Question: So, what can schools do in the meantime to overcome the shortage?

Emily: IT directors can work with technology partners that have the stock to handle any size deployment. They can also get value in their unused or dated technology by trading in unused devices for cash or credit through buyback programs. These programs are becoming more popular as part of a long-term tech plan as schools continue to invest in remote learning technology.

Question: What about the management of so many devices? Are there any challenges?

Emily: School IT departments are struggling to manage their growing device fleets. If you compare a business with 10,000 devices to a school district with 10,000 devices, the business's IT team will be significantly larger than the IT team in the school district. This means school IT teams are constantly looking for ways to save time and increase efficiency.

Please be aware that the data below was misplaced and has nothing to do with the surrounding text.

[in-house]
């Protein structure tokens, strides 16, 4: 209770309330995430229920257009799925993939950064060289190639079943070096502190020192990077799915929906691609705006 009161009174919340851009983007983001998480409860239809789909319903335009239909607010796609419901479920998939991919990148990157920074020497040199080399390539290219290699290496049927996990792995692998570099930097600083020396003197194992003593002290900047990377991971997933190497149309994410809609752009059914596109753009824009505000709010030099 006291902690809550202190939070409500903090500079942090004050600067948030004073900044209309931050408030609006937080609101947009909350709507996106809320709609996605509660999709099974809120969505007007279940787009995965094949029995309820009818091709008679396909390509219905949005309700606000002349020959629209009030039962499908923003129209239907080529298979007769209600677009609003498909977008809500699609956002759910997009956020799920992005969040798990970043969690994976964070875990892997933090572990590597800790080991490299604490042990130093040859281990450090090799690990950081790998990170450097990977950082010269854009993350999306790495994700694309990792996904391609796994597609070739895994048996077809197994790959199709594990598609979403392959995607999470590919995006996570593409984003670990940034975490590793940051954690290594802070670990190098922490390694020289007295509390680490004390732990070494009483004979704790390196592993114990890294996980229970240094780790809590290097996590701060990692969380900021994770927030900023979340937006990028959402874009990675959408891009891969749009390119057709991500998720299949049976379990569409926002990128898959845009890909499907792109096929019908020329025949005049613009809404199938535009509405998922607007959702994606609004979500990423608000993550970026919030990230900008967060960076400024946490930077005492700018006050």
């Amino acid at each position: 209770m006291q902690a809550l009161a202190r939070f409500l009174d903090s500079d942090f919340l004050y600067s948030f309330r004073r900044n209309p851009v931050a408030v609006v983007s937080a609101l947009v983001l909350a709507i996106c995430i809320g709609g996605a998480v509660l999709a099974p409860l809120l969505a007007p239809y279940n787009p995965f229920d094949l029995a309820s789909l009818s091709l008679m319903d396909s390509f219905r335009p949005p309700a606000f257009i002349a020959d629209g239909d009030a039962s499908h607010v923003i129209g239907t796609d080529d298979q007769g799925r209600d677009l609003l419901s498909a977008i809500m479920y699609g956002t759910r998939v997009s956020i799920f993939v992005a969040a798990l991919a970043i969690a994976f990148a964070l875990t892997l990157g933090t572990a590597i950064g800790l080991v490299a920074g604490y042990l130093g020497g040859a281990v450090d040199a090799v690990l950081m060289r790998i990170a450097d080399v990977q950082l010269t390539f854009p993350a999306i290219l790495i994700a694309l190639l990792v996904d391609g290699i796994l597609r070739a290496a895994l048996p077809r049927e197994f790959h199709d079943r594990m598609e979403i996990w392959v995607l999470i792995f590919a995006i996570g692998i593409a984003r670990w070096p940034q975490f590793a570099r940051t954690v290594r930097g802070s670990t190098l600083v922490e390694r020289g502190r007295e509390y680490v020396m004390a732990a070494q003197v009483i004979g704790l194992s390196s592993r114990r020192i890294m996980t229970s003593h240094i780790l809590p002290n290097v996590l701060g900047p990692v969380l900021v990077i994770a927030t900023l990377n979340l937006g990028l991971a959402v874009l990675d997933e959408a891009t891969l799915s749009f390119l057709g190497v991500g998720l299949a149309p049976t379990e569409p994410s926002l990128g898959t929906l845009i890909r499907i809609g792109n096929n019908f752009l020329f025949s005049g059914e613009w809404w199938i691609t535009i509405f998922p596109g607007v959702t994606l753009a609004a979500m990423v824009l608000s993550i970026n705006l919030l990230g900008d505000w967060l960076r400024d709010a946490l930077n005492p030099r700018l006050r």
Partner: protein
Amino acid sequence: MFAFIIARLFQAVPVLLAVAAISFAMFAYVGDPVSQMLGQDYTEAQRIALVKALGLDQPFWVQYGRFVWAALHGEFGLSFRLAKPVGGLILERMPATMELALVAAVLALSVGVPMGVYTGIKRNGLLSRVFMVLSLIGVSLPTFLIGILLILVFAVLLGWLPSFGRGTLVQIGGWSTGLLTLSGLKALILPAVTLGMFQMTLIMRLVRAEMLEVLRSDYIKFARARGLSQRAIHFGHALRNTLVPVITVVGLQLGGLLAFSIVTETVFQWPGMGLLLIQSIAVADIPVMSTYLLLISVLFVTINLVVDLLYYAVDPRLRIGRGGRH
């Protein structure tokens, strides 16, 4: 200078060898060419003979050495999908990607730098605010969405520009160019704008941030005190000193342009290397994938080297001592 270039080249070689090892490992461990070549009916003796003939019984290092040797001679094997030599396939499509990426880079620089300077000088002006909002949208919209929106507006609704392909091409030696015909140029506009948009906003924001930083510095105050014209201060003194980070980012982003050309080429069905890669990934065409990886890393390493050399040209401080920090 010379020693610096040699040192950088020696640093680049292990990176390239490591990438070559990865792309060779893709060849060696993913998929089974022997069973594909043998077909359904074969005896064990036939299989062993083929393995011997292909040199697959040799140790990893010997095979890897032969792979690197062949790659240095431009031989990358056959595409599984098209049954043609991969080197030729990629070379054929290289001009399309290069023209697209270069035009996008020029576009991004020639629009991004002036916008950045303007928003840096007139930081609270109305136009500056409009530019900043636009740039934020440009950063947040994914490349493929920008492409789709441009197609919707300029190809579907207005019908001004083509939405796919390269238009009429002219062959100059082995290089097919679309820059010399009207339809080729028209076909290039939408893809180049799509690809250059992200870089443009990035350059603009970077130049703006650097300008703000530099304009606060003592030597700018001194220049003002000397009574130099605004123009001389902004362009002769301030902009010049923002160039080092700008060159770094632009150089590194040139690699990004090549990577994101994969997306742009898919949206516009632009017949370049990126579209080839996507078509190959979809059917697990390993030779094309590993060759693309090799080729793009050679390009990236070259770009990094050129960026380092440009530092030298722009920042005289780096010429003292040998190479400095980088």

Question: What recommendations do you have to help schools manage their technology ecosystem?

Emily: IT teams can alleviate their administrative burden and simplify the day-to-day responsibilities of managing fast-growing device fleets with the following management software.

First, asset management software, which is used to track every asset.

School districts are using more devices and software applications today than ever before – and managing this can be time-consuming and overwhelming, especially when remote learning is exploding. Between maintaining device fleets, software licenses, managing warranties, submitting claims and coordinating repairs, there is so much to do on top of creating exceptional learning experiences every day.